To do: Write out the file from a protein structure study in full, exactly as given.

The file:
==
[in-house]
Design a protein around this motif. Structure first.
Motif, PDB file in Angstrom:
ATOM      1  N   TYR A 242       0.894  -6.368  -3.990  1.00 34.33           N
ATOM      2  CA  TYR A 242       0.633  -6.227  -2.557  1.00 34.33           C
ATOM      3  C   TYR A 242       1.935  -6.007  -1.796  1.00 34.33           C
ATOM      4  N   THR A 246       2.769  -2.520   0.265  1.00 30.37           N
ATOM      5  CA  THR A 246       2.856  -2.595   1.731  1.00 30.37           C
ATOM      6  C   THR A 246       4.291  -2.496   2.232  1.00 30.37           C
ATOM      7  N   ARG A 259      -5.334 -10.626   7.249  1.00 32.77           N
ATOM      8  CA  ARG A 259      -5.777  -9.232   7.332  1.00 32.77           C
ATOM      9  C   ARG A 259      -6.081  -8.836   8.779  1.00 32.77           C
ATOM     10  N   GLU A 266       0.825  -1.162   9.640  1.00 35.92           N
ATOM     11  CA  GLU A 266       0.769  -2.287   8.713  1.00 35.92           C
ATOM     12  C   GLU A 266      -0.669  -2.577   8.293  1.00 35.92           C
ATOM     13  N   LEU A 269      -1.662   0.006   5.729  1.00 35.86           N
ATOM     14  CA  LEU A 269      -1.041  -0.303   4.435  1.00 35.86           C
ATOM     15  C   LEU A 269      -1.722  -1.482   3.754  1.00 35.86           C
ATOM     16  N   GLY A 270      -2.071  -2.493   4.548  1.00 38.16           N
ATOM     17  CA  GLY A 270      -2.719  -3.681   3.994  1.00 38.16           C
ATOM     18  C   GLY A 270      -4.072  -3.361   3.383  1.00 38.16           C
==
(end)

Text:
[in-house]
Design a protein around this motif. Structure first.
Motif, PDB file in Angstrom:
ATOM      1  N   TYR A 242       0.894  -6.368  -3.990  1.00 34.33           N
ATOM      2  CA  TYR A 242       0.633  -6.227  -2.557  1.00 34.33           C
ATOM      3  C   TYR A 242       1.935  -6.007  -1.796  1.00 34.33           C
ATOM      4  N   THR A 246       2.769  -2.520   0.265  1.00 30.37           N
ATOM      5  CA  THR A 246       2.856  -2.595   1.731  1.00 30.37           C
ATOM      6  C   THR A 246       4.291  -2.496   2.232  1.00 30.37           C
ATOM      7  N   ARG A 259      -5.334 -10.626   7.249  1.00 32.77           N
ATOM      8  CA  ARG A 259      -5.777  -9.232   7.332  1.00 32.77           C
ATOM      9  C   ARG A 259      -6.081  -8.836   8.779  1.00 32.77           C
ATOM     10  N   GLU A 266       0.825  -1.162   9.640  1.00 35.92           N
ATOM     11  CA  GLU A 266       0.769  -2.287   8.713  1.00 35.92           C
ATOM     12  C   GLU A 266      -0.669  -2.577   8.293  1.00 35.92           C
ATOM     13  N   LEU A 269      -1.662   0.006   5.729  1.00 35.86           N
ATOM     14  CA  LEU A 269      -1.041  -0.303   4.435  1.00 35.86           C
ATOM     15  C   LEU A 269      -1.722  -1.482   3.754  1.00 35.86           C
ATOM     16  N   GLY A 270      -2.071  -2.493   4.548  1.00 38.16           N
ATOM     17  CA  GLY A 270      -2.719  -3.681   3.994  1.00 38.16           C
ATOM     18  C   GLY A 270      -4.072  -3.361   3.383  1.00 38.16           C